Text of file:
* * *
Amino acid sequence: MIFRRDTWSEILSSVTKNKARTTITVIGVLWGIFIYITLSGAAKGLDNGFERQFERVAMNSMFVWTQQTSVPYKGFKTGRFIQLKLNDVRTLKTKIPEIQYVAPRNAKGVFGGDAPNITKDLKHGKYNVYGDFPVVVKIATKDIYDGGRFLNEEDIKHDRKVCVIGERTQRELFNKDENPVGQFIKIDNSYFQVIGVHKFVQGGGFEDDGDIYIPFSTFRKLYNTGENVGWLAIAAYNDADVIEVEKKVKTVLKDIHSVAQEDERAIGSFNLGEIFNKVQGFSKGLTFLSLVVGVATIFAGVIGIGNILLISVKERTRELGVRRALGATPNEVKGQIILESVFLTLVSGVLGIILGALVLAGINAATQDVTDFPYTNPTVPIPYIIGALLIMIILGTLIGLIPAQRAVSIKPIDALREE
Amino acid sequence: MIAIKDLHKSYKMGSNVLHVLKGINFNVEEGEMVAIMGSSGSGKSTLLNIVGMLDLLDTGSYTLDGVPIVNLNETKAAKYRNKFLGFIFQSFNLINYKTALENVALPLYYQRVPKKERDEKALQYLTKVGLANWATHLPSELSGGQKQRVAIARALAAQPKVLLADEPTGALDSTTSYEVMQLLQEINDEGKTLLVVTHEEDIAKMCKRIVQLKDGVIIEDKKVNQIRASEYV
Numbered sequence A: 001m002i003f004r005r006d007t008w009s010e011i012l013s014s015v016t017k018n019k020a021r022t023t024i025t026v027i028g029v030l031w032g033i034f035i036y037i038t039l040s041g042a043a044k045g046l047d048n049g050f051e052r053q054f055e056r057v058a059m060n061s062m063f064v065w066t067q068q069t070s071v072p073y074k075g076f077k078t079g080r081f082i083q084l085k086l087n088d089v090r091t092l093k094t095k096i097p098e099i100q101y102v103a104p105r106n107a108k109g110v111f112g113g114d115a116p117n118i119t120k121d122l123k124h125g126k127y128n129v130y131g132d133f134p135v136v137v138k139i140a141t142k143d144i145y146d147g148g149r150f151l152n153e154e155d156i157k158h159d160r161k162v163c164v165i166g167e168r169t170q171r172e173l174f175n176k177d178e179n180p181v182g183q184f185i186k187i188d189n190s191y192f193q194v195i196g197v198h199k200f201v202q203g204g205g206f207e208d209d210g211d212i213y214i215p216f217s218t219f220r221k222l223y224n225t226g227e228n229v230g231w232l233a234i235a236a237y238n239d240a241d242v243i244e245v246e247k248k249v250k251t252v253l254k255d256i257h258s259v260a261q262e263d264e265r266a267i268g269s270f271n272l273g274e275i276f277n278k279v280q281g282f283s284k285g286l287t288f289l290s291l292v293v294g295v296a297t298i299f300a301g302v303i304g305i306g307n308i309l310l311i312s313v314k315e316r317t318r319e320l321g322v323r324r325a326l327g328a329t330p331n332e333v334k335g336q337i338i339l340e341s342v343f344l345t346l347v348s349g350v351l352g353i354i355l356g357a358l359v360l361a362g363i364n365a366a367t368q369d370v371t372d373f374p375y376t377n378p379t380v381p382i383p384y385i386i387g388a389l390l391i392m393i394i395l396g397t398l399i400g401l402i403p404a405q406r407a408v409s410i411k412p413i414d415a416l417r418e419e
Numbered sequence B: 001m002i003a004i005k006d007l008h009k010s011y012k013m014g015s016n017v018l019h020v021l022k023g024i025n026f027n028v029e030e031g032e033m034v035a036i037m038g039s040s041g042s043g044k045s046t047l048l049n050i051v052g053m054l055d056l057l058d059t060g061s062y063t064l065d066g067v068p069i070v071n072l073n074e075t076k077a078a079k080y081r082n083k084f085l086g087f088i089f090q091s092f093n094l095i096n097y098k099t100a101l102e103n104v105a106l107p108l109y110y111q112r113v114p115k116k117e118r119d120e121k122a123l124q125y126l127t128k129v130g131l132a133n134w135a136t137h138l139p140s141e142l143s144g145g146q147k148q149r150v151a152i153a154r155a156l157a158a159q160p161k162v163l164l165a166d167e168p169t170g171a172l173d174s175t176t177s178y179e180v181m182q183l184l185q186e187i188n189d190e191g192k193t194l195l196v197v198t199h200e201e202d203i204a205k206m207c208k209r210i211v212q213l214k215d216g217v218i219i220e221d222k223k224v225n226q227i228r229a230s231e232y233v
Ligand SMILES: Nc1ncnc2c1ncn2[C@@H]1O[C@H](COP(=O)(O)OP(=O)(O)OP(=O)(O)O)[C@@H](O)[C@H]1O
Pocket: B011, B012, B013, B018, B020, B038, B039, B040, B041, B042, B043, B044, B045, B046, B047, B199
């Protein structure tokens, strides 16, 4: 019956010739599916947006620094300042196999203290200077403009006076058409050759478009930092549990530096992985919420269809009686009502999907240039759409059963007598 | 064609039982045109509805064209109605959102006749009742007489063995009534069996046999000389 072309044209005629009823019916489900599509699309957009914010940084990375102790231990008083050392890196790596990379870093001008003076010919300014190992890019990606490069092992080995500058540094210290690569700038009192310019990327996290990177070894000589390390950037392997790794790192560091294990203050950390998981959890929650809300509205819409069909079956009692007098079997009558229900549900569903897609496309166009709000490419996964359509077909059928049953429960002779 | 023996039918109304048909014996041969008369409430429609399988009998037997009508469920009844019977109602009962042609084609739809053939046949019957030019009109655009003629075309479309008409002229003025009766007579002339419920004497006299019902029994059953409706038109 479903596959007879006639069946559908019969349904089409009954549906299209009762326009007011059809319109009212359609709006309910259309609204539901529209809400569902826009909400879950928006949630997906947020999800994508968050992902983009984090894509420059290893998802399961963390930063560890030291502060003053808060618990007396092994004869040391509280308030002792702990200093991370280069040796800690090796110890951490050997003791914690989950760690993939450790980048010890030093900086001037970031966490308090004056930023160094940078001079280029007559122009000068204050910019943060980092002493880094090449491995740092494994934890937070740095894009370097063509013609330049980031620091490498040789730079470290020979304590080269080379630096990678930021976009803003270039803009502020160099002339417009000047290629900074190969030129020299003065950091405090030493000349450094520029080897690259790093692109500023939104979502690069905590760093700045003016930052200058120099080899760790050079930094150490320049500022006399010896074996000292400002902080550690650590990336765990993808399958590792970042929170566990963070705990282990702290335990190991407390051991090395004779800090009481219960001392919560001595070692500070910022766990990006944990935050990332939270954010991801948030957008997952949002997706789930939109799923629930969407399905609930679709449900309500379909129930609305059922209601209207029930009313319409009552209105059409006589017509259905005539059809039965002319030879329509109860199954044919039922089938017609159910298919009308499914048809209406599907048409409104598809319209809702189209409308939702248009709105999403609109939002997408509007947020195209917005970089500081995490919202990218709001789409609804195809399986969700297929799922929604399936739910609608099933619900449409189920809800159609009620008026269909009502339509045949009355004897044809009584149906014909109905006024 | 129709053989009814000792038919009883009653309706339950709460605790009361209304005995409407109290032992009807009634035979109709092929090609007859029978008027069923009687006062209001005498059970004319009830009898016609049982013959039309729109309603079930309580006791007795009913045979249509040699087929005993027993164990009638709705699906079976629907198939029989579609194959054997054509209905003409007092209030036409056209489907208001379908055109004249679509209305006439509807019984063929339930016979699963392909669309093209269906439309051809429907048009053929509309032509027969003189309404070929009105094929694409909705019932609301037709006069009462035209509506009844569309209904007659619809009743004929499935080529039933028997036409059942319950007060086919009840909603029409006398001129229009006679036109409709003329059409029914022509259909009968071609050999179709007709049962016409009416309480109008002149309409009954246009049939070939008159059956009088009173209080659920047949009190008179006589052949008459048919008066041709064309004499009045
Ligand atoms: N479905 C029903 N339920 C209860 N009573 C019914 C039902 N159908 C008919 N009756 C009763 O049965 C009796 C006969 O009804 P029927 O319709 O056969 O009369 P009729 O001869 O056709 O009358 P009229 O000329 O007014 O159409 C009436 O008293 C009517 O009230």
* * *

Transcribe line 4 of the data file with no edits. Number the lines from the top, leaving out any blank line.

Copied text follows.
Numbered sequence B: 001m002i003a004i005k006d007l008h009k010s011y012k013m014g015s016n017v018l019h020v021l022k023g024i025n026f027n028v029e030e031g032e033m034v035a036i037m038g039s040s041g042s043g044k045s046t047l048l049n050i051v052g053m054l055d056l057l058d059t060g061s062y063t064l065d066g067v068p069i070v071n072l073n074e075t076k077a078a079k080y081r082n083k084f085l086g087f088i089f090q091s092f093n094l095i096n097y098k099t100a101l102e103n104v105a106l107p108l109y110y111q112r113v114p115k116k117e118r119d120e121k122a123l124q125y126l127t128k129v130g131l132a133n134w135a136t137h138l139p140s141e142l143s144g145g146q147k148q149r150v151a152i153a154r155a156l157a158a159q160p161k162v163l164l165a166d167e168p169t170g171a172l173d174s175t176t177s178y179e180v181m182q183l184l185q186e187i188n189d190e191g192k193t194l195l196v197v198t199h200e201e202d203i204a205k206m207c208k209r210i211v212q213l214k215d216g217v218i219i220e221d222k223k224v225n226q227i228r229a230s231e232y233v